BLOOMINGTON, Ind. (AP) - She fell in love with him when they first began riding.
Mary Ann Hope, 73, has been riding Flash for more than eight years now. He’s a 28-year-old pony who lives at Ellington Stables. At first, Flash would run away from her whenever he saw her at the pasture. He was difficult to ride because he didn’t respond well to the reins and kept stopping.
“The more time I spent with him, the closer we got,” Hope said. “The more we rode, the closer we got. He’s so willing to do what I want to do so it’s really nice.”
They started off trail riding before taking dressage lessons. She used to commute from Kansas City to Bloomington but all her family is here, so she sold her townhome and moved closer to Flash.
Hope and Flash were honored for their combined age of more than 100 by The Dressage Foundation’s Century Club.
Hope first learned about the club when they started taking dressage lessons. Due to their already combined old age, they made it their goal.
“Flash loved (dressage training) instantly,” Hope said. “I realized that he loves learning. He wanted to learn something new and he went through a process of trying to figure out what I wanted him to do. Once he figured it out, he was just so good and wouldn’t forget anything.”
Hope and Flash participated in a charity horse show called Octoberfest put on by the Indiana Horse Council. While there, they rode in a dressage task and participated in a costume contest.
She dressed them up as hippies; giving him tie-dyed bell bottoms, a multicolored mane, a peace symbol necklace and different colored duct tape on his hoofs. Flash didn’t mind, he was just happy to be with Hope.
“We’re best friends,” Hope said. “Horses have super powers; vision, sight, smell, hearing, and they’re also very empathetic.”
Ten days after that late October show, Hope was in Indianapolis at IU Health University Hospital for a kidney transplant. If it wasn’t for the transplant, she’d be on dialysis slowly dying.
Hope was diagnosed with lupus nephritis when she was 20. It’s an autoimmune disease where she creates antibodies against her own tissue. It led to a lot of joint pain and with the age she is now, her kidneys were ready to be done. She got on the transplant list roughly three years ago.
Hope continued to ride Flash while sick and he could tell when she would be more tired than normal some days. Flash would always slow down and let her catch her breath.
“He has this sense of like he needs to take care of her all the time,” trainer Brittany Wilson said.
While she was sick, Hope would always tell Flash they needed to survive to make the Century Club. They only needed to make it to the following year.
“He’d listen to me and be like, ‘I don’t know what that means,’” Hope said. “It felt like it was keeping me alive because I really wanted to get there.”
After the successful kidney transplant, it was discovered that Hope had a blood clot. She had a stent put in, but the blood flow never returned to her left foot. Her left foot and part of her leg had to be amputated.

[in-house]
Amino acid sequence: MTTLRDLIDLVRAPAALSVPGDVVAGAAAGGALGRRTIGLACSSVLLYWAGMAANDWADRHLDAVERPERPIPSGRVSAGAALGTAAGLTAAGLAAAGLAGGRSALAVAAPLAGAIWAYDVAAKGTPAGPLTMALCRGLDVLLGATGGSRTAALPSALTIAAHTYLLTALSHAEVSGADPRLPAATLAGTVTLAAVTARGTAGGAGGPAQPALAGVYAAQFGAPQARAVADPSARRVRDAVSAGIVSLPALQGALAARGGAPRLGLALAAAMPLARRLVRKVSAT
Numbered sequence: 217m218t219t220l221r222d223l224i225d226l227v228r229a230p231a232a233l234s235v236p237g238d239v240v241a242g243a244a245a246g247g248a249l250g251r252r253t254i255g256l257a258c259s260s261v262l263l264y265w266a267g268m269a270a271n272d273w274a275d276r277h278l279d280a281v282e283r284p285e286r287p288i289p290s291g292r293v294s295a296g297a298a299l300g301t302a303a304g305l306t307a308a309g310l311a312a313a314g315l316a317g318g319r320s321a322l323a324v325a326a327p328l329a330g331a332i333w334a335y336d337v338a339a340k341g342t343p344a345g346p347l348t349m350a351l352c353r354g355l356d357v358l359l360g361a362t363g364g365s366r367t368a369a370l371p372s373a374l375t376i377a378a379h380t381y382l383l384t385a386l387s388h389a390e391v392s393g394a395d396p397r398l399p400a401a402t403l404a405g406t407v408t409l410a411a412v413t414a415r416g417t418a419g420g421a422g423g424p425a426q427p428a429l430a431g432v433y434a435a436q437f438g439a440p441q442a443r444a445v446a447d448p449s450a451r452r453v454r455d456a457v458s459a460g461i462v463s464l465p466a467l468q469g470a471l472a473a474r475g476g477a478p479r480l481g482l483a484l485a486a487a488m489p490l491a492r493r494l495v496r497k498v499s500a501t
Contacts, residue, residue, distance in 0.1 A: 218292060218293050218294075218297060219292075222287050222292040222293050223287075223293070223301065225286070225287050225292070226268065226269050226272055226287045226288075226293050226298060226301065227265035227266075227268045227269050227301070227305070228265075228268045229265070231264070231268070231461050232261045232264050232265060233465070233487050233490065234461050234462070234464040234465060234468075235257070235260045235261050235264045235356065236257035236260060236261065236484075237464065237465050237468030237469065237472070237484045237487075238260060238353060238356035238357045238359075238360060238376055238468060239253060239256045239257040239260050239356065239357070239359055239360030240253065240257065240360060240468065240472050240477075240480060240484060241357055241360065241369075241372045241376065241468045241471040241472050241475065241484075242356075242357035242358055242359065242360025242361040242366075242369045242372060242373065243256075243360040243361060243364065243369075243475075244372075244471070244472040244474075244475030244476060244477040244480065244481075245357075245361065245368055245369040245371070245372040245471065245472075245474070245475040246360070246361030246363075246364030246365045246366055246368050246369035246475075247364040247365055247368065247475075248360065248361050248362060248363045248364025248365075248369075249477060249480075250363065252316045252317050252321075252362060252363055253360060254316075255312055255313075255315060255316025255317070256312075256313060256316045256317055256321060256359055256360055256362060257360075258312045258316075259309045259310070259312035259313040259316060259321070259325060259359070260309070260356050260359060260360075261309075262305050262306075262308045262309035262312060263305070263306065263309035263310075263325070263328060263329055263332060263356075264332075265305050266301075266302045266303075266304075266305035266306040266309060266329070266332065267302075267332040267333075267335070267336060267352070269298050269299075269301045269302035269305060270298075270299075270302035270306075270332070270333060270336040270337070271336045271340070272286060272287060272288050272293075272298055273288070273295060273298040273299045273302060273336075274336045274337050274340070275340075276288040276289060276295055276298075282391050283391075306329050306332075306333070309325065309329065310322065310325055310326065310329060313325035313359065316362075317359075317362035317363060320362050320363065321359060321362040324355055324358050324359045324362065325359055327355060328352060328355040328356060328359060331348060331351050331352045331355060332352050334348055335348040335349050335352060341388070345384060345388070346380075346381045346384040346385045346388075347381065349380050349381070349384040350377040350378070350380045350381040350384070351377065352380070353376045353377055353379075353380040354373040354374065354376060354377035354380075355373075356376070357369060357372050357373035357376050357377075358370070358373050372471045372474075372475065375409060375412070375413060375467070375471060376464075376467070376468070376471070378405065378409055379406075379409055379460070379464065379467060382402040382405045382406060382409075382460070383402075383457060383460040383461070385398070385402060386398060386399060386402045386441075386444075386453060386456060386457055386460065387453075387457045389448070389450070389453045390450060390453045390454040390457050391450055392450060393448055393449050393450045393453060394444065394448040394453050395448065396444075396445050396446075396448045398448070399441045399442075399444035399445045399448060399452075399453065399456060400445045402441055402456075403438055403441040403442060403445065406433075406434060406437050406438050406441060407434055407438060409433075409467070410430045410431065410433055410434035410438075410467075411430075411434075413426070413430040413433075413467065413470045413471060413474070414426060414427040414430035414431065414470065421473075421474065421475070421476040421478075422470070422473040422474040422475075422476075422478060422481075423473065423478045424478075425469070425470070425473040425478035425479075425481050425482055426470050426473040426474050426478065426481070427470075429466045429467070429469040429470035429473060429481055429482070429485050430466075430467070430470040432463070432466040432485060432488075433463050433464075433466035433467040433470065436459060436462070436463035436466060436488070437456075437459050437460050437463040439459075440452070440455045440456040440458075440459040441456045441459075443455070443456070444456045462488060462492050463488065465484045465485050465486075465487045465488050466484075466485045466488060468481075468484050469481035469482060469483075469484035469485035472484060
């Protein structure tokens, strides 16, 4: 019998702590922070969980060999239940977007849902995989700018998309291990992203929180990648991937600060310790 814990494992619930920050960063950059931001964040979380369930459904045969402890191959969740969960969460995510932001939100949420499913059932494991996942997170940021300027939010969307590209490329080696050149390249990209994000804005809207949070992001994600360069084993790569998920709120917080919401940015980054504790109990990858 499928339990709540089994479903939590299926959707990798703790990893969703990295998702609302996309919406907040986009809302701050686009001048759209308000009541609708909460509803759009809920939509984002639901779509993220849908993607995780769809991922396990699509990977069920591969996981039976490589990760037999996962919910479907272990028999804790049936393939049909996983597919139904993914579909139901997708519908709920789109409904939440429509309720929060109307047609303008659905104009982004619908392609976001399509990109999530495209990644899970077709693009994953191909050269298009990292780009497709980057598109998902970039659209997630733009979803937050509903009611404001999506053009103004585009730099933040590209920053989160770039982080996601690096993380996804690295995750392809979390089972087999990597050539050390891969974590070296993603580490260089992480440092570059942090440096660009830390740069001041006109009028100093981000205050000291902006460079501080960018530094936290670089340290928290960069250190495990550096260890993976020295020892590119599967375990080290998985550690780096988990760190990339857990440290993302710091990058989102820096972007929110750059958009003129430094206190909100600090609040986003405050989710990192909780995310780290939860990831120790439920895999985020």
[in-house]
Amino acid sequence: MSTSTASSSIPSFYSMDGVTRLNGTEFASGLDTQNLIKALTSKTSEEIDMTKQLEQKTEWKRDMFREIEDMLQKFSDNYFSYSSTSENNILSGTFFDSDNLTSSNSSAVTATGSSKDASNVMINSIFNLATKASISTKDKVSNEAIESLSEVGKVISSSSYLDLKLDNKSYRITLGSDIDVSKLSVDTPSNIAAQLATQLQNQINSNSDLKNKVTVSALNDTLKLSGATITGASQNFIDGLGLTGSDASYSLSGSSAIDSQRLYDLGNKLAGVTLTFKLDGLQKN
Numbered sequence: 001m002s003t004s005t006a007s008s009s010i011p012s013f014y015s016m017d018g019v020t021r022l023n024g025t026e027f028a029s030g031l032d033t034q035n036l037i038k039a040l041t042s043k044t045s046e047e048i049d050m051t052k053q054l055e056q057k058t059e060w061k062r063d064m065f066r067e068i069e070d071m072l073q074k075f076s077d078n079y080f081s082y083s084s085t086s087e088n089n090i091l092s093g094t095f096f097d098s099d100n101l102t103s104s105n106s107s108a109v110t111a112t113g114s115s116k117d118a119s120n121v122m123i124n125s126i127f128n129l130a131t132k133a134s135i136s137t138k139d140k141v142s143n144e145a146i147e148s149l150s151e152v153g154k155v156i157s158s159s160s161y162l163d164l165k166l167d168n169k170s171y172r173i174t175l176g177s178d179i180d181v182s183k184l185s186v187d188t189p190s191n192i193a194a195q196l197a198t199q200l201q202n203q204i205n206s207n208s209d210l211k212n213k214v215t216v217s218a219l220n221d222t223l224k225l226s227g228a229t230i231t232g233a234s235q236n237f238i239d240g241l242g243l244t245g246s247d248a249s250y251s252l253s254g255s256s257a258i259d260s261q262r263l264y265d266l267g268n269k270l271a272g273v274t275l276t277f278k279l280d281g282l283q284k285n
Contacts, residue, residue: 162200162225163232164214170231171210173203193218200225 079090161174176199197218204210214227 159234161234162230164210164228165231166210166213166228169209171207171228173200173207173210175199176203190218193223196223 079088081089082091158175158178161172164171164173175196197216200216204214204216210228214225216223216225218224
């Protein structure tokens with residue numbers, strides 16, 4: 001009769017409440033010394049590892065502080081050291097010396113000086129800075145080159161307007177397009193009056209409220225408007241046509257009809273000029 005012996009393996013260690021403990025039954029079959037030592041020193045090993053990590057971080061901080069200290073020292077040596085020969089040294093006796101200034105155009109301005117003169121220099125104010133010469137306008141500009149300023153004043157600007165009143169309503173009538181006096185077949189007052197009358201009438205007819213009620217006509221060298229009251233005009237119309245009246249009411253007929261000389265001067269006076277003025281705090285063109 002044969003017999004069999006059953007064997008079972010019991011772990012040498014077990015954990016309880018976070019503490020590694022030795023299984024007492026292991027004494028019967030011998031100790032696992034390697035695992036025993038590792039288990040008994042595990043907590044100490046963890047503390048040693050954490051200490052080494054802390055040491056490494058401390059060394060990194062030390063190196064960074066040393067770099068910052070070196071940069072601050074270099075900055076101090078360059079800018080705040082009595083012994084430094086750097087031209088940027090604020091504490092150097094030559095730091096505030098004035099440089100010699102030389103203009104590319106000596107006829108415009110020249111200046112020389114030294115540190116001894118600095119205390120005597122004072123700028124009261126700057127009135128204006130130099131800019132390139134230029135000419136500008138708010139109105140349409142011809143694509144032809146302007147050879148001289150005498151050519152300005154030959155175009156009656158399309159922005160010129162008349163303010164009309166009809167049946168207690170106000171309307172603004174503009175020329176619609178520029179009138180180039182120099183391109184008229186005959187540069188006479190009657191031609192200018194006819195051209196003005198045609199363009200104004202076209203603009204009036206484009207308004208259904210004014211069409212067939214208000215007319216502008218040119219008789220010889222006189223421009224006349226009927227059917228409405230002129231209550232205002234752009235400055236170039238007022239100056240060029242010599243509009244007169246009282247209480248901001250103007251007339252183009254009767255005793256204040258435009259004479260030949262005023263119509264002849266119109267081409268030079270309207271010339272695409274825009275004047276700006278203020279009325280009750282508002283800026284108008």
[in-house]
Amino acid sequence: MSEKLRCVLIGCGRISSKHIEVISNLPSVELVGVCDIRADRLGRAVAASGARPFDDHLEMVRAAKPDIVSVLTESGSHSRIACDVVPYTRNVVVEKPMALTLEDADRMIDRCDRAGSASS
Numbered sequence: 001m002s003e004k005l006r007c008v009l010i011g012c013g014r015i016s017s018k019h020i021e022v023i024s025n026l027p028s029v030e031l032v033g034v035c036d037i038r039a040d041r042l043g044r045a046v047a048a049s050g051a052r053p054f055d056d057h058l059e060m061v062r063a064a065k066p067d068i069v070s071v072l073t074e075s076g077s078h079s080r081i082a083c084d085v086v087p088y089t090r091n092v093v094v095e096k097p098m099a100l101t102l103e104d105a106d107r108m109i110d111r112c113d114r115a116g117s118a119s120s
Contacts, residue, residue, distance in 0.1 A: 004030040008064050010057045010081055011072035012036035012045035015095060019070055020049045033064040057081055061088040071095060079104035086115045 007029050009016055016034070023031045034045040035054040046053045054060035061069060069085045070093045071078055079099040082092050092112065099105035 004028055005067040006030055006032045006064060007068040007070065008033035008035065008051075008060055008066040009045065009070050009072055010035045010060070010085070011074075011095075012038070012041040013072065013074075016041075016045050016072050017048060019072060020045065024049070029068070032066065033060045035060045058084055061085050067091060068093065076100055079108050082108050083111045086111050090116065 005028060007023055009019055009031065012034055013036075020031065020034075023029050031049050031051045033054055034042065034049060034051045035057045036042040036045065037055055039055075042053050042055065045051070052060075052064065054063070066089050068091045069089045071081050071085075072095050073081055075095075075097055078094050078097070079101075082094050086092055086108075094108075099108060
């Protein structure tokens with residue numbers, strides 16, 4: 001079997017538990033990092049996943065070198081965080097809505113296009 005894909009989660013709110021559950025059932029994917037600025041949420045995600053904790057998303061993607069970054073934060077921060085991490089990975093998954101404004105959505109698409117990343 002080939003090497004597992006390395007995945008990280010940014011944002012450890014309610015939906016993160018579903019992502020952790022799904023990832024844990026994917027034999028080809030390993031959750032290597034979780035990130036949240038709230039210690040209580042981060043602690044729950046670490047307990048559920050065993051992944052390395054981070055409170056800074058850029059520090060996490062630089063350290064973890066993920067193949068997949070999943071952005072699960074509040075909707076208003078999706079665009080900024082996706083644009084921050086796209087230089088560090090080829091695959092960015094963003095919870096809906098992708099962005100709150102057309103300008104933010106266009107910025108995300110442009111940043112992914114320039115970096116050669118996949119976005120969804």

“Other than that, I’m healthy as a horse,” Hope said.
Hope left the hospital on New Year’s Eve but she couldn’t ride Flash for months. Each time she talked to him over the phone, he’d look around the barn for her. Flash became a little off after not seeing Hope for such a long period of time.
In March, two of Hope’s friends came up with a plan to bring the two together. They brought Flash to her house and he stood on the porch. Flash was confused about where he was but he knew Hope was there. She said Flash licked his lips a lot while there to show he was happy.
Seeing him gave her motivation to set another goal. Hope wanted to get stronger so she could drive herself to visit him at the barn. Once she was capable, Hope would sit in her wheelchair and spend as much time as possible with him. She’d pet him and kiss his nose. He’d return the affection by putting his nose on her.
Hope would also read some of the children books laying around the barn to him. But most of the time, she’d sit in silence because he understood her body language.
“He’s back to his old self now,” Hope said. “As soon as I come into the barn, he’s watching for me.”
By the end of May, Hope was back riding Flash. The first time she rode him, there was one person on the side and another leading him. Hope said it was the best feeling to be riding him again.
It’s been a few months since then, and she’s now waiting to get a prosthetic leg. But she’s been riding him more often in anticipation of the show today. It’s the first show of the season and it won’t be their last.
Despite their combined age of 101, there’s nothing slowing them down. Hope believes she’ll be riding with him forever.
“Everything has changed so much,” Hope said. “This was back to normal. It was normal for me to be on him and it didn’t matter how many legs we had. We’re five-legged now. We don’t care.”
Source: The Herald Times
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